My first job, 25 years ago, was at a market research firm.
About six months into the job, I had an idea for a new product.
My idea — rather than giving clients access to a large database of information, I took the database and created pre-defined reports that allowed them to access key pieces of data quickly and easily.
Instead of asking approval to launch the new product, I used my spare time to actually create it. I then showed it to the VP of my division.
And the result?
I got yelled at.
Seriously, the VP was angry at me. He questioned my immediate boss as to what I was doing and why I had invested time in creating something new.
Obviously this was not a very entrepreneurial company.
But what I found most interesting about the event was how much face time I got with the VP.
You see, that VP was what I consider to be a “stealth manager.” That is, he pretty much sat in his office, door closed, day after day after day.
So he really had no idea what everyone was doing. So he didn’t know that I created the new product after hours, and that between 9 and 5, I was accomplishing all the regular tasks assigned to me.
In fact, he didn’t know much about anything that was going on.
And the result — the employees were not inspired. We were not motivated. We lacked a clear vision of what the organization was trying to achieve.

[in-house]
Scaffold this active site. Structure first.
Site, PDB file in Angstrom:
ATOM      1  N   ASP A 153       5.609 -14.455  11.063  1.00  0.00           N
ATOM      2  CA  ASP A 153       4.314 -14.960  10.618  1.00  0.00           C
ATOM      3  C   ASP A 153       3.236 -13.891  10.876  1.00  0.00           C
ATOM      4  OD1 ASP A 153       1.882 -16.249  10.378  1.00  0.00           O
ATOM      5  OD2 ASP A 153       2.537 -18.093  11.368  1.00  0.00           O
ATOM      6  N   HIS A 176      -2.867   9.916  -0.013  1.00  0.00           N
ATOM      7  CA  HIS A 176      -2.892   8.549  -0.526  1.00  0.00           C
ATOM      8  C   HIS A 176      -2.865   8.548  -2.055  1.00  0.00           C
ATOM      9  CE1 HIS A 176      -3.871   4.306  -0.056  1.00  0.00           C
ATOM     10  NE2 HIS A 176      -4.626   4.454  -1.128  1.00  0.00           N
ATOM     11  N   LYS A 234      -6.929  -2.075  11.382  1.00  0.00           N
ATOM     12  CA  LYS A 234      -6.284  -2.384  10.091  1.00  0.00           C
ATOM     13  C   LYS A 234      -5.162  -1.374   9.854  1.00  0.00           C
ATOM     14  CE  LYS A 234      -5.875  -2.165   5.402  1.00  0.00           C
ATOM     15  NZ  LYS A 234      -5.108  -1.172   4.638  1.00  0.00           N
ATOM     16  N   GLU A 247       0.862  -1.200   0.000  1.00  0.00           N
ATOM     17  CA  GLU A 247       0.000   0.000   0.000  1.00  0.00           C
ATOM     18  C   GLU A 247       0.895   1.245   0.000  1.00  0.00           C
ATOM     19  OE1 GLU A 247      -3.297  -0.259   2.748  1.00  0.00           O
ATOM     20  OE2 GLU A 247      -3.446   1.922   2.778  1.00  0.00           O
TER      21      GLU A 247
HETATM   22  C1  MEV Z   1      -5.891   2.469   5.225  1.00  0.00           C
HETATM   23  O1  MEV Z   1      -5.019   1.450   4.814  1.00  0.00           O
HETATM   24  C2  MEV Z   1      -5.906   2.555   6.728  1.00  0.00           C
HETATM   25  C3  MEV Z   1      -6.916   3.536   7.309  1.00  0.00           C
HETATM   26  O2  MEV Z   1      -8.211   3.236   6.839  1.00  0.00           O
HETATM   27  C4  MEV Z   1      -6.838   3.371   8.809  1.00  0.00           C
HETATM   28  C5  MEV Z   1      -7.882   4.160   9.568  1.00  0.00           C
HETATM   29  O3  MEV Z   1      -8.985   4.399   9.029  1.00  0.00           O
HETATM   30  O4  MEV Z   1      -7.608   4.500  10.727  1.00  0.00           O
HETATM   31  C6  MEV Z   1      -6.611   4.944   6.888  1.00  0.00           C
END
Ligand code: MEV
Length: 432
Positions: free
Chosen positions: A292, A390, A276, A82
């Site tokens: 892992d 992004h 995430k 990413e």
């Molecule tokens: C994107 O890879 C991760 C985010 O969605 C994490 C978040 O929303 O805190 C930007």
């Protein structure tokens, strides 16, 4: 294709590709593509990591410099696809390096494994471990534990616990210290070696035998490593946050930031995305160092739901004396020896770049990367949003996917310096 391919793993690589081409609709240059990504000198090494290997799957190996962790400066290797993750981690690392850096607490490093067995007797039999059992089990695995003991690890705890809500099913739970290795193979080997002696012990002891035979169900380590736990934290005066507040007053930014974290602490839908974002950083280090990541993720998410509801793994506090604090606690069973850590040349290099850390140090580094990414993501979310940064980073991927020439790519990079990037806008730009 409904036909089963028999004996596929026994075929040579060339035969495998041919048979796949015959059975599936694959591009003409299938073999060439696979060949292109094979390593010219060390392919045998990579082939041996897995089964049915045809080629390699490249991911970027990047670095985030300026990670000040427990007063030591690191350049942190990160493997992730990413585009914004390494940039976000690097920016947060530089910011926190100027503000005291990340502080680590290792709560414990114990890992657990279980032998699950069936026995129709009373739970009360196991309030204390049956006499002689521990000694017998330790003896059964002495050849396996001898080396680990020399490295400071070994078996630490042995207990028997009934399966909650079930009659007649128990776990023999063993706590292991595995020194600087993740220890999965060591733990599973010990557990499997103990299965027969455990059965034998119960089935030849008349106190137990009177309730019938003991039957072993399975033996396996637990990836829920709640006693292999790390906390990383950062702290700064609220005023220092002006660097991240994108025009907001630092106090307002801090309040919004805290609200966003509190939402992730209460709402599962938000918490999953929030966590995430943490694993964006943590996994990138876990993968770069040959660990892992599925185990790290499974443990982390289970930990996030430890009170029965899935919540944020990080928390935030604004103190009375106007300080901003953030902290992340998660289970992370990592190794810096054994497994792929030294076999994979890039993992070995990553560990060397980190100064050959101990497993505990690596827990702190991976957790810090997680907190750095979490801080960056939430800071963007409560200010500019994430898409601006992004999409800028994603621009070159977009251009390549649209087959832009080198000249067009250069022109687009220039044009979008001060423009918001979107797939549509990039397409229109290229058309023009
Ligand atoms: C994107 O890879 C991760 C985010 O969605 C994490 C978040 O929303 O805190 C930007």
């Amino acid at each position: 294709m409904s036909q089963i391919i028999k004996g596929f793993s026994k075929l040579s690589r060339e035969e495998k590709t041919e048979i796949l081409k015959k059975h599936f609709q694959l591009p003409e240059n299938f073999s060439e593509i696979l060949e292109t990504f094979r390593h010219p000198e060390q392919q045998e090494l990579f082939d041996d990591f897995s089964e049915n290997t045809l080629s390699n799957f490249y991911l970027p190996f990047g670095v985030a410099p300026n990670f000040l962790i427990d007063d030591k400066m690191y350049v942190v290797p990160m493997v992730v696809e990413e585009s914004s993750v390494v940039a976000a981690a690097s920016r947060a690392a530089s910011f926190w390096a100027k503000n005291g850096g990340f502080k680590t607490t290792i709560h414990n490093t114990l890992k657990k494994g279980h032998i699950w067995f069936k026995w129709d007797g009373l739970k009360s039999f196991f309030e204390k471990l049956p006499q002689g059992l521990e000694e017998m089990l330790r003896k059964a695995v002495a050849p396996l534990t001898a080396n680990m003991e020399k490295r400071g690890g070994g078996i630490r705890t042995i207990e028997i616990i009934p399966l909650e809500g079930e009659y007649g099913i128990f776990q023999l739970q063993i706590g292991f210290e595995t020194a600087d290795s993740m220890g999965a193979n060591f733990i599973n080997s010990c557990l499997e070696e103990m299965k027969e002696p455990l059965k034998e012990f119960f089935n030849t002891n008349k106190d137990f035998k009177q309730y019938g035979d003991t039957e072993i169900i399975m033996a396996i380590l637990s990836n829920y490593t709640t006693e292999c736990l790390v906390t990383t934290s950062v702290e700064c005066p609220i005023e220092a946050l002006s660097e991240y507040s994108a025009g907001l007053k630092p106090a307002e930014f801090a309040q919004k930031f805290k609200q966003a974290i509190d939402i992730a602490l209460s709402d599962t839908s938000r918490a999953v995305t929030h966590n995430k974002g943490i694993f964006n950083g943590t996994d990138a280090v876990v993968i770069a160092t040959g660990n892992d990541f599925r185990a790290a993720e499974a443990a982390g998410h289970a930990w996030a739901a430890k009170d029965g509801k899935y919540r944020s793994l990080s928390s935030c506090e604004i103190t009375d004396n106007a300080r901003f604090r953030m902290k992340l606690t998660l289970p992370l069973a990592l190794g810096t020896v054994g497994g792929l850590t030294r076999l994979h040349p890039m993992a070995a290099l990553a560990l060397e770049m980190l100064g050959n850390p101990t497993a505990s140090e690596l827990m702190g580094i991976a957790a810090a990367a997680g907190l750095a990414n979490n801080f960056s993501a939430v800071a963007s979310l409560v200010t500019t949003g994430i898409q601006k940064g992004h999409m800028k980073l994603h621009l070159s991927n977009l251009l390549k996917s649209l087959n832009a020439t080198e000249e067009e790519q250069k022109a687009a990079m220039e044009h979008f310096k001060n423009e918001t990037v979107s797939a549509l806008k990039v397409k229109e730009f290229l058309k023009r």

And all this resulted in lackluster performance.
We didn’t go out of business. But we certainly weren’t growing like gangbusters like we should have been.
Think about your days. Are you a stealth manager? Are there others at your organization who are stealth managers?
Stealth management doesn’t work. Effective leaders and managers walk around and speak to their employees. They listen to them. They inspire them. Because effective leaders know that it’s the employees who make or break their companies. They (the leaders) are the conductors of the orchestra — without the players (the employees), there is no music.
Here are 5 things you can do TODAY to quickly break out of the “stealth manager” mode (and make your team more productive).
1. Walk around the office
Simply walk around to see what everyone is up to. Don’t make it seem like you’re Big Brother checking up on them. But rather, be very casual about it (the next points will give you some talking points to help with this).
2. Ask people what they are working on
Ask people what they are working on, and then really listen to their answers. Ask them why they are completing a task a certain way, and as appropriate, suggest another way they may accomplish it. Not only will they appreciate this mentorship, but you could improve their performance.
3. Tell someone/several people they’re doing a good job
Tell at least one person that they’re doing a good job. Let them know you found real value in something they accomplished recently.
4. Buy cookies
I don’t know many people who don’t like cookies. Come back from lunch with cookies, and either hand them out or put them in a main area. In either case, let everyone know that you bought them “just because.” Even those on a diet who refrain from eating them will appreciate the gesture.
5. Picture each of your team members as they looked when they were toddlers
This will force you to smile when you see them. And that smile alone will brighten their day.
Great companies are not built by one entrepreneur. They are built by entrepreneurs who inspire their employees to accomplish great things. Make sure you keep this top-of-mind, since if your employees don’t succeed, neither can you.
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